About the Publisher

Yale University Press is a leading publisher of groundbreaking history books.  Our list includes many award-winners, the authoritative Yale English Monarchs series and the much-loved Little Histories books.  With our London office established in 1961, Yale is the only American university press with a full-scale publishing operation in Europe.

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Books

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From the Publisher

Yale University Press is a leading publisher of groundbreaking history books.  Our list includes many award-winners, the authoritative Yale English Monarchs series and the much-loved Little Histories books.  With our London office established in 1961, Yale is the only American university press with a full-scale publishing operation in Europe.

Book Reviews

Merchants, by Edmond Smith

Merchants, by Edmond Smith

Merchants, in the literature of the sixteenth and seventeenth centuries, are ubiquitous. One finds them represented on the stage, for example, in the works of Shakespeare and Jonson (‘let’s see him creep!’). The word itself conjures up a host of senses: the jingling of coins in purses, the frantic pounding of footsteps as news of expected cargo is awaited, and the rich scent of spices. The ...
Spymaster: The Man Who Saved MI6, by Helen Fry

Spymaster: The Man Who Saved MI6, by Helen Fry

British Intelligence operations of the Second World War have been the frequent subject of both scholarly and creative attention, often appearing in popular culture in films such as The Imitation Game and A Call To Spy. Some might argue that there is little left to uncover on the topic, but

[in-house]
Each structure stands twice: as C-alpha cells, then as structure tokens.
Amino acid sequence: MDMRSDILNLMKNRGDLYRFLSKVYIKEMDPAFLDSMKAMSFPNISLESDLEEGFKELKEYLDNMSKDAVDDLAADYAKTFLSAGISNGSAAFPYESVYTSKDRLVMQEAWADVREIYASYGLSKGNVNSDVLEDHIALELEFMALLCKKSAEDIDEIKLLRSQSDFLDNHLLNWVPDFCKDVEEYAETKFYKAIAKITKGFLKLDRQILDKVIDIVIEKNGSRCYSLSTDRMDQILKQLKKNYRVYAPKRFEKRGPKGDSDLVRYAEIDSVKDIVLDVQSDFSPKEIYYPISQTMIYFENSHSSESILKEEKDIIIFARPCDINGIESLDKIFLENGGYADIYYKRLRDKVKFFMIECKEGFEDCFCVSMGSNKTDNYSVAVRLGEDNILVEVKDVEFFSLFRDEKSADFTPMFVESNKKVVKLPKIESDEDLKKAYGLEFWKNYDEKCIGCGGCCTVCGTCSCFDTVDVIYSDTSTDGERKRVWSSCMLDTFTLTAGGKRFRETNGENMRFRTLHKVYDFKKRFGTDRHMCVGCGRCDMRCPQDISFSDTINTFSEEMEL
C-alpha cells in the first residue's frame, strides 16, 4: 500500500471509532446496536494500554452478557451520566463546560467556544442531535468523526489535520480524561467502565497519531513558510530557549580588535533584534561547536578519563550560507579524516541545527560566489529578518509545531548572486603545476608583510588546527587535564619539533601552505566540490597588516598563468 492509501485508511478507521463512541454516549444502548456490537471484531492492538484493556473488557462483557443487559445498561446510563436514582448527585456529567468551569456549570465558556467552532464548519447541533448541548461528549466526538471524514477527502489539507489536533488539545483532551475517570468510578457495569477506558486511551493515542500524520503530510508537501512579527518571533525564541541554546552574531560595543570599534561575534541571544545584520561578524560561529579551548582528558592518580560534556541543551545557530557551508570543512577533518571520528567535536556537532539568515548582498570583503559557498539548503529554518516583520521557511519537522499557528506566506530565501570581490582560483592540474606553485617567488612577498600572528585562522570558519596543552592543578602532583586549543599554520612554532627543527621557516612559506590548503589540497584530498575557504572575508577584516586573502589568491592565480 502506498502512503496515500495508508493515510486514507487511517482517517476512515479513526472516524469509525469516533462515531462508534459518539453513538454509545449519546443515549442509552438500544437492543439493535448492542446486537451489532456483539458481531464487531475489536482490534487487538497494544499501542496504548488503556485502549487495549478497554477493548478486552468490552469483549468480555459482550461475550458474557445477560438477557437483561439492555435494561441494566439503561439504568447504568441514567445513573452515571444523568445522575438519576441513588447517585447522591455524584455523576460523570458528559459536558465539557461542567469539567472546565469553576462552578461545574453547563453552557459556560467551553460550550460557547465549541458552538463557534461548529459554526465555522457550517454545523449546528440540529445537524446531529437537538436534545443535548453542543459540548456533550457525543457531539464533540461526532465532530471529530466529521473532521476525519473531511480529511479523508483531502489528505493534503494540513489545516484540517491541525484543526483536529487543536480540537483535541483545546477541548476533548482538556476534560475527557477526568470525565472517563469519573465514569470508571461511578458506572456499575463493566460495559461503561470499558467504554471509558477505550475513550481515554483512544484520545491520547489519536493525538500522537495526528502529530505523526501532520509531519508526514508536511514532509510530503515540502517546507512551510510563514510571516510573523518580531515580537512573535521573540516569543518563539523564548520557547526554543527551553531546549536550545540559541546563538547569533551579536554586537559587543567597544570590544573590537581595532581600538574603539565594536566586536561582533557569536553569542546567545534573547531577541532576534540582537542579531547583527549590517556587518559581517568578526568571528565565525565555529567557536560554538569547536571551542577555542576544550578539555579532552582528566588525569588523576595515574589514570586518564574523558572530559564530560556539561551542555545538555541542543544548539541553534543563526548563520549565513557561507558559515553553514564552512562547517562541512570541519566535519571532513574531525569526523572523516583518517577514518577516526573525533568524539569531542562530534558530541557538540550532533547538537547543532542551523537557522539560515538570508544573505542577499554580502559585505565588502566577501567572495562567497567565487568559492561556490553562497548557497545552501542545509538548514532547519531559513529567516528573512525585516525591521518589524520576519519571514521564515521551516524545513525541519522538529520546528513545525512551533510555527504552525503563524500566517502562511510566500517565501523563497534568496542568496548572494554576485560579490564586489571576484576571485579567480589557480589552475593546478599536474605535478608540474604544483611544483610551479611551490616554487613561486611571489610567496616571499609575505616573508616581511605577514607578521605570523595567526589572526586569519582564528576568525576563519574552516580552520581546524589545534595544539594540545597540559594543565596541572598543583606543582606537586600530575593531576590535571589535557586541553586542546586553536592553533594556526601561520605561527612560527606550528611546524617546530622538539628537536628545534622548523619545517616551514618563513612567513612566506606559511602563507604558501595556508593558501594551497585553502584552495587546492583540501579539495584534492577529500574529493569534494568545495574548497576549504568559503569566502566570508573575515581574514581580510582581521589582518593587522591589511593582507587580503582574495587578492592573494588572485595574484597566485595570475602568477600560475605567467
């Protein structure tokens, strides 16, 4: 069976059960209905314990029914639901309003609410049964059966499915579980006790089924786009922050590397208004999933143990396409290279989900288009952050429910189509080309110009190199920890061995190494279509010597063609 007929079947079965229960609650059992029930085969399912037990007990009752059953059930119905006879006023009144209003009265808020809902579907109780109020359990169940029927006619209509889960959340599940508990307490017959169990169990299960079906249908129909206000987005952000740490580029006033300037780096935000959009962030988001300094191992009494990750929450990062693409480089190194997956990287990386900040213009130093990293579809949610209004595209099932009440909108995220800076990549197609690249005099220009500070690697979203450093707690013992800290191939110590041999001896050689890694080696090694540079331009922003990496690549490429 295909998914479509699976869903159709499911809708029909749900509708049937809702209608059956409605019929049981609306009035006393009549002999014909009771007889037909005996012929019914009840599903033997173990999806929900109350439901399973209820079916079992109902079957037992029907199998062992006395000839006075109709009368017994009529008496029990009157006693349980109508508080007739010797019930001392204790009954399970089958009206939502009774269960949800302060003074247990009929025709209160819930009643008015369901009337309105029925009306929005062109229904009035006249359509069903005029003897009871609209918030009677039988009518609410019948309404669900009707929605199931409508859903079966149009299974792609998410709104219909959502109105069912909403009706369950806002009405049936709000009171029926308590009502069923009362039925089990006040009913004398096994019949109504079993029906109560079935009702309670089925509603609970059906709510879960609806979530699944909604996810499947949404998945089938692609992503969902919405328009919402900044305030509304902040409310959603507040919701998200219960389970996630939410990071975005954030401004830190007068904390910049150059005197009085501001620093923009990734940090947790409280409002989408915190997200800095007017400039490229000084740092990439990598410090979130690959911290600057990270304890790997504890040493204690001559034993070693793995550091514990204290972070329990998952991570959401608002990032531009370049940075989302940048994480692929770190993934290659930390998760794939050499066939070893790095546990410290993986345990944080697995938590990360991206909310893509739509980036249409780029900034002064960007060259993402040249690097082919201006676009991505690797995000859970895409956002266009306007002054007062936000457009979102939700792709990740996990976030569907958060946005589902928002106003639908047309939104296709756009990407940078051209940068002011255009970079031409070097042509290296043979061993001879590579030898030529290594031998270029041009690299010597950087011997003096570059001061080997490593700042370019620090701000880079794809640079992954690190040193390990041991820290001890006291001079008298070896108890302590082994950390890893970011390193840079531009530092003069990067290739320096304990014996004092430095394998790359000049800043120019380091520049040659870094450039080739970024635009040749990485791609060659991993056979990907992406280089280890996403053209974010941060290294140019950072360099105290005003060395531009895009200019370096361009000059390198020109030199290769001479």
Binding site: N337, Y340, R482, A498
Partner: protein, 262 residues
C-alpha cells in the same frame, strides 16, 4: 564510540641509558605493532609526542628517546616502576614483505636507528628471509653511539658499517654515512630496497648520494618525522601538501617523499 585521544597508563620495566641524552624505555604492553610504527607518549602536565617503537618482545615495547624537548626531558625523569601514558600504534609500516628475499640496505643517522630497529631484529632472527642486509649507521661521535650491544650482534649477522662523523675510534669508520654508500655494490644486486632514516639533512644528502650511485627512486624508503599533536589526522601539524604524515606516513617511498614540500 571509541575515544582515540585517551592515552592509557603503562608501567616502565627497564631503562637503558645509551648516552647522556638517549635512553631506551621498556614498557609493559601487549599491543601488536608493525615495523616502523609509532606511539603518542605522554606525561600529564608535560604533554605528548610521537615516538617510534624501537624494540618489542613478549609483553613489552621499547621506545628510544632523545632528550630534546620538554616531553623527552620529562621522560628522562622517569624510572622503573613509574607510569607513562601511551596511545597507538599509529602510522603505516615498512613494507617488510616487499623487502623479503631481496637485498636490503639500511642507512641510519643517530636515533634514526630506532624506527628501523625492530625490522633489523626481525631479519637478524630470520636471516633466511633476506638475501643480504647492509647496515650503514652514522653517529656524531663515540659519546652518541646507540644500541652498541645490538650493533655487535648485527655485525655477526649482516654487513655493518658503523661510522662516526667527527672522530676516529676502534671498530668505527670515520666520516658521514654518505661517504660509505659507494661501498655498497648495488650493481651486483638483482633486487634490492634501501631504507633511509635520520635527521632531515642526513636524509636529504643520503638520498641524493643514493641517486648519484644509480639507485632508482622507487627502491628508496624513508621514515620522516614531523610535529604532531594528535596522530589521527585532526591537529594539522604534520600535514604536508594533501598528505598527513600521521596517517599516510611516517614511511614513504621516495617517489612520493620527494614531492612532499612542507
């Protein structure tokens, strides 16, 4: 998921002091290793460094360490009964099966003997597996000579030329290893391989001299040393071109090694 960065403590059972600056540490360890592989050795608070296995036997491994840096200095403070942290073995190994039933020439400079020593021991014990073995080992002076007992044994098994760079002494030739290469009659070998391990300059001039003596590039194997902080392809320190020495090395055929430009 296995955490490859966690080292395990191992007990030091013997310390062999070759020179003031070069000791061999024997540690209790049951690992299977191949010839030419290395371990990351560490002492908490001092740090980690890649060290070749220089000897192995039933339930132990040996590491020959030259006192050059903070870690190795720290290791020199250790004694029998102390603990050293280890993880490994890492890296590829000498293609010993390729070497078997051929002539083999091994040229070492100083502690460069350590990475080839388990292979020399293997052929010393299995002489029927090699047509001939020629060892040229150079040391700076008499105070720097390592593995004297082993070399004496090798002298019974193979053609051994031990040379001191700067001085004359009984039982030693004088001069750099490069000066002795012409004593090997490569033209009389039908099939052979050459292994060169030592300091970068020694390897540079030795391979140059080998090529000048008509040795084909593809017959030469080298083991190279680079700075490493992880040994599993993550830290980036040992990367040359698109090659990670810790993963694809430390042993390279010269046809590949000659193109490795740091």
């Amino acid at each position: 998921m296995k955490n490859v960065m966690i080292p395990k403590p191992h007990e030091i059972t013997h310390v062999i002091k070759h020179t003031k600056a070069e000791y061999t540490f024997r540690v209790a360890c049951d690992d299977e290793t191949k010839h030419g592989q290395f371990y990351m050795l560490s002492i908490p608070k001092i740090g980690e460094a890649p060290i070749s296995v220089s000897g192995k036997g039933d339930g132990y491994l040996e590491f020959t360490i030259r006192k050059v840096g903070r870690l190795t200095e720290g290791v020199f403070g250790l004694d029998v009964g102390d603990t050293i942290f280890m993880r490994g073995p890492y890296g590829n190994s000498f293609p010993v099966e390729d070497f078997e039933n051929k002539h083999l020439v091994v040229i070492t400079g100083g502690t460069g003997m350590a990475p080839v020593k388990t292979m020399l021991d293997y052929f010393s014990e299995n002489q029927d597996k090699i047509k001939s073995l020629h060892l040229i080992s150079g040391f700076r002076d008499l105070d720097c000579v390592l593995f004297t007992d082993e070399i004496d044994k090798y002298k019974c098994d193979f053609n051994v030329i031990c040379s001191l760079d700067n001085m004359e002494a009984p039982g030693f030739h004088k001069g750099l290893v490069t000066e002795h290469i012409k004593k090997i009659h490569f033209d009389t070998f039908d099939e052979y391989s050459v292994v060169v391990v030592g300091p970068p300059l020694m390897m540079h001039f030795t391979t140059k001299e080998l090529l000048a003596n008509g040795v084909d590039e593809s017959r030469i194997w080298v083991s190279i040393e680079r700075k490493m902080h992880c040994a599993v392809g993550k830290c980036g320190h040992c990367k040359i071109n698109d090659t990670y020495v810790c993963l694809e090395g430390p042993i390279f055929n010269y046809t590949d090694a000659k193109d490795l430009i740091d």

Empire and Jihad, by Neil Faulkner

Empire and Jihad, by Neil Faulkner

It seems fitting given recent events, to examine the history of jihad in Northeast Africa through the lens of western interventionism. As Warren Dockter, author of Churchill and the Islamic World, puts it: Empire and Jihad is a ‘sobering bridge’ between British imperialist activity in the 19th century and ...
Foursquare: The Last Parachutist, by George Bearfield

Foursquare: The Last Parachutist, by George Bearfield

Most of us have probably never heard of Operation Foursquare, a top secret operation into Czechoslovakia at the end of the Second World War. On the night of 4th May 1945, an RAF plane takes off from Dijon in France, with four Czech soldiers on board, who have been given secret instructions. The plane flew over Bohemia; the men feeling a sense of pleasure at the justice they hoped to ...

Interviews

Empire & Jihad: Neil Faulkner Interview

Empire & Jihad: Neil Faulkner Interview

Neil Faulkner, your book opens in 1851 with the explorer and missionary, David Livingstone, who encounters what turns out to be a huge slave trade that stretches from Africa to India. Whilst Britain had abolished slavery in 1833, what were the numbers that were involved in this ongoing practice?There are no precise figures, but a rough estimate is that the East African ...

Articles

Julian Corbett: Military Genius

Julian Corbett: Military Genius

The British Way of War is about the interconnected lives of a man and an idea, lives that reached a climax in the catastrophe of the First World War Western Front. Great ideas do not emerge in a vacuum, they are shaped by individuals, and reflect the time in which they live. In this respect it is critical ...